|Texture Property Name||absorption|
|Description||Defines the sub surface absorption factor.|
|Excepted Data Source||3 component image|
|Data Range||0 to 1|
The absorption texture property defines the sub surface absorption factor of a material. Sub surface absorption affects light entering the material after surface based texture properties have taken effect. Sub surface absorption has two main effects. The first is that light is scattered under the surface and exits at a nearby point. This effect gives human skin, way, marble and similar materials their characteristic look. With human skin for example missing the sub surface light scattering the skin looks like plastic and annatural. Due to the sub surface light scattering the skin looks softer and fleshier. The second effect is translucency. Due to the same sub surface absorption effect the light can penetrate the material and exit at the shadow side of the material. The intensity of the light exciting the surface on the other side depends on the thickness of the material and the absorption properties of the material. In both cases the absorption texture property defines the factor of absorption relative to the absorption.range texture property. Splitting the absorption factor out the full range of an 8-bit image can be used to define the absorption even for small or very high values. See absorption.range texture property for the use of the range.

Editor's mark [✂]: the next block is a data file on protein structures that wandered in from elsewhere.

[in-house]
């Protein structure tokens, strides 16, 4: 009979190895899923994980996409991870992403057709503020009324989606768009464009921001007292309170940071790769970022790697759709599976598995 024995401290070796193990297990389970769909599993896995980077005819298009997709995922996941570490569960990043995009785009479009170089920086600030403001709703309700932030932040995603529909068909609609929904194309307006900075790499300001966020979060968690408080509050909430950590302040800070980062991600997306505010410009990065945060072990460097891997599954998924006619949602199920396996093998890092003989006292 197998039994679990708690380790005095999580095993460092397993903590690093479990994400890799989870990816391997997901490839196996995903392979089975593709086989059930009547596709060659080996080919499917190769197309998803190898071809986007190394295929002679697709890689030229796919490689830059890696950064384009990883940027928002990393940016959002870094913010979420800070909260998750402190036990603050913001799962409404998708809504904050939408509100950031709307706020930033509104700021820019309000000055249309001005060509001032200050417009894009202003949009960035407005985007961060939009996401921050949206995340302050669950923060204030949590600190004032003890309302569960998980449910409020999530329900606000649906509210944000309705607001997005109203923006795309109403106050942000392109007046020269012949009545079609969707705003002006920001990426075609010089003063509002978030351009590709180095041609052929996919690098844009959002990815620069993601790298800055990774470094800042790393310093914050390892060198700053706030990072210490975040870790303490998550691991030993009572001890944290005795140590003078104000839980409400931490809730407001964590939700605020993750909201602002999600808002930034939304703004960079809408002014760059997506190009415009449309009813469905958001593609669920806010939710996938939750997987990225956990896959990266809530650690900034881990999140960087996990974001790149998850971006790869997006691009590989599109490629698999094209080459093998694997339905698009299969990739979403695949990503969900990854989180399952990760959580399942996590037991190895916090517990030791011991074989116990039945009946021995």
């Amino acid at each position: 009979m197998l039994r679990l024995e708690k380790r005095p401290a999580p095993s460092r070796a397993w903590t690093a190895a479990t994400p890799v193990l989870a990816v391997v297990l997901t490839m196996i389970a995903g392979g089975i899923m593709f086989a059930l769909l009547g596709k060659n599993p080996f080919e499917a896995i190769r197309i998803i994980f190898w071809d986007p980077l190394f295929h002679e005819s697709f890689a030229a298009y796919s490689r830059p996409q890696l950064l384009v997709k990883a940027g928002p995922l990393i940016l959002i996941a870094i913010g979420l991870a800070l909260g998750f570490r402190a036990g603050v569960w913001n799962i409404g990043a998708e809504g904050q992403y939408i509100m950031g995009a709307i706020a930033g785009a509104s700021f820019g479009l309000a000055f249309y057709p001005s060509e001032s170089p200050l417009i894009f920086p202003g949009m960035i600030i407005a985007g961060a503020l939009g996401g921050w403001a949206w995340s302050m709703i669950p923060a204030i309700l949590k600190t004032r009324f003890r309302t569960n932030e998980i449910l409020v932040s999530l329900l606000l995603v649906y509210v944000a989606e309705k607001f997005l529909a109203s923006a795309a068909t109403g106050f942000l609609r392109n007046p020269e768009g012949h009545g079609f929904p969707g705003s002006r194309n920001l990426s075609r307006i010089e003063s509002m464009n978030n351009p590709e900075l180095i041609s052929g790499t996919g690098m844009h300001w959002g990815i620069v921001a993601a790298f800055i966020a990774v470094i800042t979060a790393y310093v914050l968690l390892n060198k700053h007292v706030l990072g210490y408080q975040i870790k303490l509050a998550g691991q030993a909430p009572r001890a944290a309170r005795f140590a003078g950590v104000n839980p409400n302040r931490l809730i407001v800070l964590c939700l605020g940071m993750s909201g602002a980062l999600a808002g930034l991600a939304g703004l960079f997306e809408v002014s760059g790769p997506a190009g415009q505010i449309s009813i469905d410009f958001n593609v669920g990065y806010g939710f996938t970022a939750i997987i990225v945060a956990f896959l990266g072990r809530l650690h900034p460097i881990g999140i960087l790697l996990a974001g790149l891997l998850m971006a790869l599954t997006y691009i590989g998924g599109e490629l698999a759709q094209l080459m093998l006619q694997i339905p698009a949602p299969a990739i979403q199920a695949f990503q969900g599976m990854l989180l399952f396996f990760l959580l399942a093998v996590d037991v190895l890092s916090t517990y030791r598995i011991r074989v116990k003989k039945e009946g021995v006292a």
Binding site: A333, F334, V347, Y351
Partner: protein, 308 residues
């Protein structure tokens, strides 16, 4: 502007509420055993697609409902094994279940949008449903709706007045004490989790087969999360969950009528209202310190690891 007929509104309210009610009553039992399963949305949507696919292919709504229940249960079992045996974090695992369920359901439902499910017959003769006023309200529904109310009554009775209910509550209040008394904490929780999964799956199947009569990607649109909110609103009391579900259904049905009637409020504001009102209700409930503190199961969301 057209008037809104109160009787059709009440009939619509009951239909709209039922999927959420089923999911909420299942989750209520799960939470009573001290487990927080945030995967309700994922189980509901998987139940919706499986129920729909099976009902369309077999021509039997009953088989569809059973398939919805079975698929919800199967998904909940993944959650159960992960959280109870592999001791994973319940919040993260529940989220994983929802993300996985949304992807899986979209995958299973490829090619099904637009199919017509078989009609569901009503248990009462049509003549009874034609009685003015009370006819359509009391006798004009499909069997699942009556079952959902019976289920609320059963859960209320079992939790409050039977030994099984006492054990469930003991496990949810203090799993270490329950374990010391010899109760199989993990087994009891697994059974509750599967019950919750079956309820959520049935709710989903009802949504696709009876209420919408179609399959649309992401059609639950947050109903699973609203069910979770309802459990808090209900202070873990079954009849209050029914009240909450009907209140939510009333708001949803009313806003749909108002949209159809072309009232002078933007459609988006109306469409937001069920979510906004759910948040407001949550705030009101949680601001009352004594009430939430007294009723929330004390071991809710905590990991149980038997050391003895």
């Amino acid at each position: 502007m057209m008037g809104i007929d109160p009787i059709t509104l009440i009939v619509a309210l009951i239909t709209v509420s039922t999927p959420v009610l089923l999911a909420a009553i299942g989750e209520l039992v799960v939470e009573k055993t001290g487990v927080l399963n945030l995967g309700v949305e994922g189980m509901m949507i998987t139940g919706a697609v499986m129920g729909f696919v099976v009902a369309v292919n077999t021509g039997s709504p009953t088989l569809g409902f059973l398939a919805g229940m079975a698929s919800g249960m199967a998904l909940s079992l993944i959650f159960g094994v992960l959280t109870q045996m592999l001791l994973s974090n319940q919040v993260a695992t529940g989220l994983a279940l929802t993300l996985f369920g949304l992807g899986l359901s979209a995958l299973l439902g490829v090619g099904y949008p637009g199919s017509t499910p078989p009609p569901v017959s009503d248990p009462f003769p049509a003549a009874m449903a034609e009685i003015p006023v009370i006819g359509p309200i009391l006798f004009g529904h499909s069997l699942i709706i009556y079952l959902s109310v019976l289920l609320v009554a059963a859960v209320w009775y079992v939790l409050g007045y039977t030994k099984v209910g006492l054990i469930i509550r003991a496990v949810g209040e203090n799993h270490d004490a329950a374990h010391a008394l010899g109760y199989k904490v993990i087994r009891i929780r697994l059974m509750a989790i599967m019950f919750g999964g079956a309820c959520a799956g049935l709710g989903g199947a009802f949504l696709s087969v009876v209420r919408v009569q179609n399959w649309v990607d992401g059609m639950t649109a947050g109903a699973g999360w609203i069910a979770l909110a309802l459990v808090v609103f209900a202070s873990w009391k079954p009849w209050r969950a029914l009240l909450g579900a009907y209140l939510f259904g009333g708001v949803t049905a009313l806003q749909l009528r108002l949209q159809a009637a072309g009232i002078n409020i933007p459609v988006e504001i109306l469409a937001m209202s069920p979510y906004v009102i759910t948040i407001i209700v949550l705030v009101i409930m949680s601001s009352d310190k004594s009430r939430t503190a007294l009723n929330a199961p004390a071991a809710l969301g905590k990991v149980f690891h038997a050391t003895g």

The absorption uses an absorption color instead of a single absorption value. This reflects the property of certain materials to absorpt light of different wavelengths in different quantities. A typical example is human skin where the absorption range of red is highest (1) followed by green (1/3 of red) and blue (1/6 of red). Without this ratio the sub surface absorption and scattering would look wrong. For most materials using the same color for absorption as for color is a good choice. Using an image though with deviating values can be used to simulate veines or bones under the skin altering the way light is absorbed and scattere under the skin. Leaves are a good example where certain parts of the leaf appear darker than others with back-lighting. This can be achieved by pulling colors in the absorption map towards black for selected parts.
The source is typically an image with 3 color component with values 0 to 1.
The default value for this texture property is (0,0,0) which disables sub surface light absorption and scattering.